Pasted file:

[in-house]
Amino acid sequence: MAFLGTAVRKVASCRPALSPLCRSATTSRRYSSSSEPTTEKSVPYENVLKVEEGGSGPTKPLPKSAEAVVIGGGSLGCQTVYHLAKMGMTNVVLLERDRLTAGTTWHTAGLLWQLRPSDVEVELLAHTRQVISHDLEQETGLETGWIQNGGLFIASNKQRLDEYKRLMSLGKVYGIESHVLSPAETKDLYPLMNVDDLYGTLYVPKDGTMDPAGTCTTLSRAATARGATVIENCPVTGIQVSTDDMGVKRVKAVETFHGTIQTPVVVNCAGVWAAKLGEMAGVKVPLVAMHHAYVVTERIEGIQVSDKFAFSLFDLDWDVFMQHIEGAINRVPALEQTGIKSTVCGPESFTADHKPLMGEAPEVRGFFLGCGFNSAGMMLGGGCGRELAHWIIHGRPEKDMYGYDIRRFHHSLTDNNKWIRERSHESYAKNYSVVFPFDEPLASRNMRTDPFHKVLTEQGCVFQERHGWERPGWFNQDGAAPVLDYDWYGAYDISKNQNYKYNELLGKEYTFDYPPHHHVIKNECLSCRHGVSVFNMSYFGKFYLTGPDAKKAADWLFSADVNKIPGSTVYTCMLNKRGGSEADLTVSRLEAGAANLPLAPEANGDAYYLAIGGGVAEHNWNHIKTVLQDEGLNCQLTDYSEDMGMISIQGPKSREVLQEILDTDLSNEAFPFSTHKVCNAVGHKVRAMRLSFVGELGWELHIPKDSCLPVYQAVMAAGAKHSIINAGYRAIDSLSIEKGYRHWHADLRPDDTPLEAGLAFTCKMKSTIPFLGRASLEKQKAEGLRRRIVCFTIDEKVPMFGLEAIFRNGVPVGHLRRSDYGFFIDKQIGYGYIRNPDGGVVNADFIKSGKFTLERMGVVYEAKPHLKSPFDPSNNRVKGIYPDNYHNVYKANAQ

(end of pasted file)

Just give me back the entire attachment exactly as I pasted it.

[in-house]
Amino acid sequence: MAFLGTAVRKVASCRPALSPLCRSATTSRRYSSSSEPTTEKSVPYENVLKVEEGGSGPTKPLPKSAEAVVIGGGSLGCQTVYHLAKMGMTNVVLLERDRLTAGTTWHTAGLLWQLRPSDVEVELLAHTRQVISHDLEQETGLETGWIQNGGLFIASNKQRLDEYKRLMSLGKVYGIESHVLSPAETKDLYPLMNVDDLYGTLYVPKDGTMDPAGTCTTLSRAATARGATVIENCPVTGIQVSTDDMGVKRVKAVETFHGTIQTPVVVNCAGVWAAKLGEMAGVKVPLVAMHHAYVVTERIEGIQVSDKFAFSLFDLDWDVFMQHIEGAINRVPALEQTGIKSTVCGPESFTADHKPLMGEAPEVRGFFLGCGFNSAGMMLGGGCGRELAHWIIHGRPEKDMYGYDIRRFHHSLTDNNKWIRERSHESYAKNYSVVFPFDEPLASRNMRTDPFHKVLTEQGCVFQERHGWERPGWFNQDGAAPVLDYDWYGAYDISKNQNYKYNELLGKEYTFDYPPHHHVIKNECLSCRHGVSVFNMSYFGKFYLTGPDAKKAADWLFSADVNKIPGSTVYTCMLNKRGGSEADLTVSRLEAGAANLPLAPEANGDAYYLAIGGGVAEHNWNHIKTVLQDEGLNCQLTDYSEDMGMISIQGPKSREVLQEILDTDLSNEAFPFSTHKVCNAVGHKVRAMRLSFVGELGWELHIPKDSCLPVYQAVMAAGAKHSIINAGYRAIDSLSIEKGYRHWHADLRPDDTPLEAGLAFTCKMKSTIPFLGRASLEKQKAEGLRRRIVCFTIDEKVPMFGLEAIFRNGVPVGHLRRSDYGFFIDKQIGYGYIRNPDGGVVNADFIKSGKFTLERMGVVYEAKPHLKSPFDPSNNRVKGIYPDNYHNVYKANAQ